The last time I published a blog was two months ago. Grant proposals and holidays left no time for writing a blog. Today, I am publishing the first of a two-part blog series on engaging learning and assessment content. In the first part, I will explain why engaging learning and assessment content is important for the Common Core State Standards (CCSS), the Next Generation Science Standards (NGSS), the NAEP Technology and Engineering Literacy Framework, and the 2025 NAEP Mathematics and Reading Frameworks
In the second part, I will explain how to engineer engaging learning and assessment content–not create, but engineer engaging content. I emphasize engineering because, for me, creation attributes the production of engaging content to a spark of genius–not consistently repeatable nor scalable nor systematically improvable. But engineering implies the capability to consistently produce engaging learning and assessment content, while systematically improving the quality of that content over time, and producing more engaging content while keeping costs low.
What is Driving the Need for Engaging Learning and Assessment Content?
What is driving our customers’—students, parents, and educators–need for learning and assessment content that is engaging for learners? The need for engaging learning and assessment content is being driven by two changes in our business environment that is throwing taken-for-granted assumptions into question: the evolving nature of the constructs our customers want students to learn and assessments to evaluate and the growing presence of virtual learning and assessment contexts. These changes, and others, suggest the assessment industry is approaching an inflection point, accelerated by the Pandemic.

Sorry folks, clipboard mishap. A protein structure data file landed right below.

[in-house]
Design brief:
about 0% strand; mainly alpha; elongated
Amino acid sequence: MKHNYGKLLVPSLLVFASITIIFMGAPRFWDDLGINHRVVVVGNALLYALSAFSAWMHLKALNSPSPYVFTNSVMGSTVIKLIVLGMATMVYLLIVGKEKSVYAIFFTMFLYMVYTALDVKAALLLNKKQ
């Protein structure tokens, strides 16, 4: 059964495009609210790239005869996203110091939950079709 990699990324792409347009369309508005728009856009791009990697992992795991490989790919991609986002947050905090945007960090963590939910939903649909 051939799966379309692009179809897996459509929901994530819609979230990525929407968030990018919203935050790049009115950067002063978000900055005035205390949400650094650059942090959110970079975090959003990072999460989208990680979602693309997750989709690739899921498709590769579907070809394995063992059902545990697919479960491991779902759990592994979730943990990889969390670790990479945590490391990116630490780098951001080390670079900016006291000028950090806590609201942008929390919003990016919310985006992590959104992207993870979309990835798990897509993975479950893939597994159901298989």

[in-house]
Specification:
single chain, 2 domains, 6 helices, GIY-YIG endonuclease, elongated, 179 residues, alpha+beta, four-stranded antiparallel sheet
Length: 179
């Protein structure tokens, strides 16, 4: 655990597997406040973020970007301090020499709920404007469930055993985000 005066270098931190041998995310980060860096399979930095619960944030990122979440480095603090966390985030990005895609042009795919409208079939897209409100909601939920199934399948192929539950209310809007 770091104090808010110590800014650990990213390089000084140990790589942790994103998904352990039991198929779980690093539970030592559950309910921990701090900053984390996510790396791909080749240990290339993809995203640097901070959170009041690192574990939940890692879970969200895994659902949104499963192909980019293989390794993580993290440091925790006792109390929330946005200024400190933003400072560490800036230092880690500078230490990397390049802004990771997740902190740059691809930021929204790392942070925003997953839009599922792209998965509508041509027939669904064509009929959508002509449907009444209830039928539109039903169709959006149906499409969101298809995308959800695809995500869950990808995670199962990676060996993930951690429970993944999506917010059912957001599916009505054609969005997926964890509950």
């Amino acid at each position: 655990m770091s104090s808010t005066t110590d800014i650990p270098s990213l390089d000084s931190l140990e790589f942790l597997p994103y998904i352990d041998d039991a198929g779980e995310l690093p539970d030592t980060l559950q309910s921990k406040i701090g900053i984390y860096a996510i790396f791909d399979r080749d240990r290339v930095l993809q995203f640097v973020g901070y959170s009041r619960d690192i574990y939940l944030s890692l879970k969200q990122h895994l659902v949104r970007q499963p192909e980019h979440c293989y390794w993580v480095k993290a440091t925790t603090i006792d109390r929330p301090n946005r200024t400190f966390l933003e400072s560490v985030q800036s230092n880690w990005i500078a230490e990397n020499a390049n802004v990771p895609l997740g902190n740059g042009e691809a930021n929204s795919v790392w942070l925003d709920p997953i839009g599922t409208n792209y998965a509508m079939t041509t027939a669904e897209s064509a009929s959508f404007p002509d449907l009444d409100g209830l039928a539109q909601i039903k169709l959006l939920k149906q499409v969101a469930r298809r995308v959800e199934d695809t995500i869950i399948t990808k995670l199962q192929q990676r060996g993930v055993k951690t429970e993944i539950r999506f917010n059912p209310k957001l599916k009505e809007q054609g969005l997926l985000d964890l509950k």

The first driver of the need for learning and assessment content is the complex constructs found in the Common Core State Standards (CCSS), the Next Generation Science Standards (NGSS), the NAEP Technology and Engineering Literacy Framework, and the 2025 NAEP Mathematics and Reading Frameworks (National Governors Association Center for Best Practices & Council of Chief State School Officers [CCSSO], 2010; NGSS Lead States, 2013; National Assessment Governing Board, 2018, 2019a, 2019b; College Board, 2019). The complex nature of these standards reflects our growing understanding of the sociocultural nature of learning and performance. An example of these more complex constructs is the vision for science learning outlined in A Framework for K-12 Science Education (NRC, 2012) and under the Next Generation Science Standards (NGSS).
This vision for science learning represents a shift in the thinking about the role of the teacher and about the nature of student learning and assessment. Under conventional science learning and assessment, greater achievement is portrayed as the accumulation of facts and procedures received from the teacher (Pellegrino, 2013). Under this new vision, science instruction and assessment involves less learning of ideas disconnected from questions about phenomena and involves more systems thinking and modeling to explain phenomena and to give a context for the ideas to be learned (NRC, 2015).
This vision for science learning emphasizes using engaging learning and assessment content. According to the National Academies of Sciences, Engineering, and Medicine (2019), the centerpiece of this vision is engaging content motivating students to make sense of natural phenomena and design solutions to meet human needs. Phenomena are naturally occurring, observable events in the universe that science knowledge can be used to explain or predict. They may be observed using the naked eye, scientific instruments, and through patterns in data (https://www.nextgenscience.org/resources/phenomena).